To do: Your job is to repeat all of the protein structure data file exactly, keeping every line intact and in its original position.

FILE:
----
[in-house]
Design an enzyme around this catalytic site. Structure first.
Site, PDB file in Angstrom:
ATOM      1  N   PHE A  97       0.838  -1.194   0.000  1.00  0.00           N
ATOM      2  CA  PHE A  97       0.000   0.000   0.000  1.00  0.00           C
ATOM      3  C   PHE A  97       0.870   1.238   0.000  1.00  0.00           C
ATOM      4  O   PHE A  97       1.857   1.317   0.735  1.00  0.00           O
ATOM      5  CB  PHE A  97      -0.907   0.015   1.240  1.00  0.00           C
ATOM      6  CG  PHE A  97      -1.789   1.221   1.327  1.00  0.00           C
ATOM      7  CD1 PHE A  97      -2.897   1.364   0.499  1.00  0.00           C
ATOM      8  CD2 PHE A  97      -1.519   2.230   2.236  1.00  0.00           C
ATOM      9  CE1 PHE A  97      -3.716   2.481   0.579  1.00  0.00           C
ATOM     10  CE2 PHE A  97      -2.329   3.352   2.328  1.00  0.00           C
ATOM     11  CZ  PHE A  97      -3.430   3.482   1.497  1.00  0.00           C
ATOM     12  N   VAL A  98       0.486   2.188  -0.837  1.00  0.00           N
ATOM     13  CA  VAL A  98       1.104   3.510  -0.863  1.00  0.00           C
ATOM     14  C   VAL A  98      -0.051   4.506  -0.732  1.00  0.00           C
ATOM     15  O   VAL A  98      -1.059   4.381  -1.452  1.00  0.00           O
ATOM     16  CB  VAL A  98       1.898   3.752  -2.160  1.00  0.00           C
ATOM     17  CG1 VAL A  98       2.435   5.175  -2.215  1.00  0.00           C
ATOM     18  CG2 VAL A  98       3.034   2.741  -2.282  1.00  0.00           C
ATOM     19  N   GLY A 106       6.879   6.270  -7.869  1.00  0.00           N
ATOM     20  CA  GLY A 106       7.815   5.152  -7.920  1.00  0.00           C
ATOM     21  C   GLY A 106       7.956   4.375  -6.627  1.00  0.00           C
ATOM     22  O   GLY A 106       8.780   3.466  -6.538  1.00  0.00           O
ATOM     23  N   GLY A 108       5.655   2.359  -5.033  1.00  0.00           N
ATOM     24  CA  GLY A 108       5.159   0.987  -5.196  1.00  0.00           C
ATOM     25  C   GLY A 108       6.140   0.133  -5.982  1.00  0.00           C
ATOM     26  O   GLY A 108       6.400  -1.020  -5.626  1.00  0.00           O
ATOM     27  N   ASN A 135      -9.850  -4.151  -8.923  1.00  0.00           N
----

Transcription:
[in-house]
Design an enzyme around this catalytic site. Structure first.
Site, PDB file in Angstrom:
ATOM      1  N   PHE A  97       0.838  -1.194   0.000  1.00  0.00           N
ATOM      2  CA  PHE A  97       0.000   0.000   0.000  1.00  0.00           C
ATOM      3  C   PHE A  97       0.870   1.238   0.000  1.00  0.00           C
ATOM      4  O   PHE A  97       1.857   1.317   0.735  1.00  0.00           O
ATOM      5  CB  PHE A  97      -0.907   0.015   1.240  1.00  0.00           C
ATOM      6  CG  PHE A  97      -1.789   1.221   1.327  1.00  0.00           C
ATOM      7  CD1 PHE A  97      -2.897   1.364   0.499  1.00  0.00           C
ATOM      8  CD2 PHE A  97      -1.519   2.230   2.236  1.00  0.00           C
ATOM      9  CE1 PHE A  97      -3.716   2.481   0.579  1.00  0.00           C
ATOM     10  CE2 PHE A  97      -2.329   3.352   2.328  1.00  0.00           C
ATOM     11  CZ  PHE A  97      -3.430   3.482   1.497  1.00  0.00           C
ATOM     12  N   VAL A  98       0.486   2.188  -0.837  1.00  0.00           N
ATOM     13  CA  VAL A  98       1.104   3.510  -0.863  1.00  0.00           C
ATOM     14  C   VAL A  98      -0.051   4.506  -0.732  1.00  0.00           C
ATOM     15  O   VAL A  98      -1.059   4.381  -1.452  1.00  0.00           O
ATOM     16  CB  VAL A  98       1.898   3.752  -2.160  1.00  0.00           C
ATOM     17  CG1 VAL A  98       2.435   5.175  -2.215  1.00  0.00           C
ATOM     18  CG2 VAL A  98       3.034   2.741  -2.282  1.00  0.00           C
ATOM     19  N   GLY A 106       6.879   6.270  -7.869  1.00  0.00           N
ATOM     20  CA  GLY A 106       7.815   5.152  -7.920  1.00  0.00           C
ATOM     21  C   GLY A 106       7.956   4.375  -6.627  1.00  0.00           C
ATOM     22  O   GLY A 106       8.780   3.466  -6.538  1.00  0.00           O
ATOM     23  N   GLY A 108       5.655   2.359  -5.033  1.00  0.00           N
ATOM     24  CA  GLY A 108       5.159   0.987  -5.196  1.00  0.00           C
ATOM     25  C   GLY A 108       6.140   0.133  -5.982  1.00  0.00           C
ATOM     26  O   GLY A 108       6.400  -1.020  -5.626  1.00  0.00           O
ATOM     27  N   ASN A 135      -9.850  -4.151  -8.923  1.00  0.00           N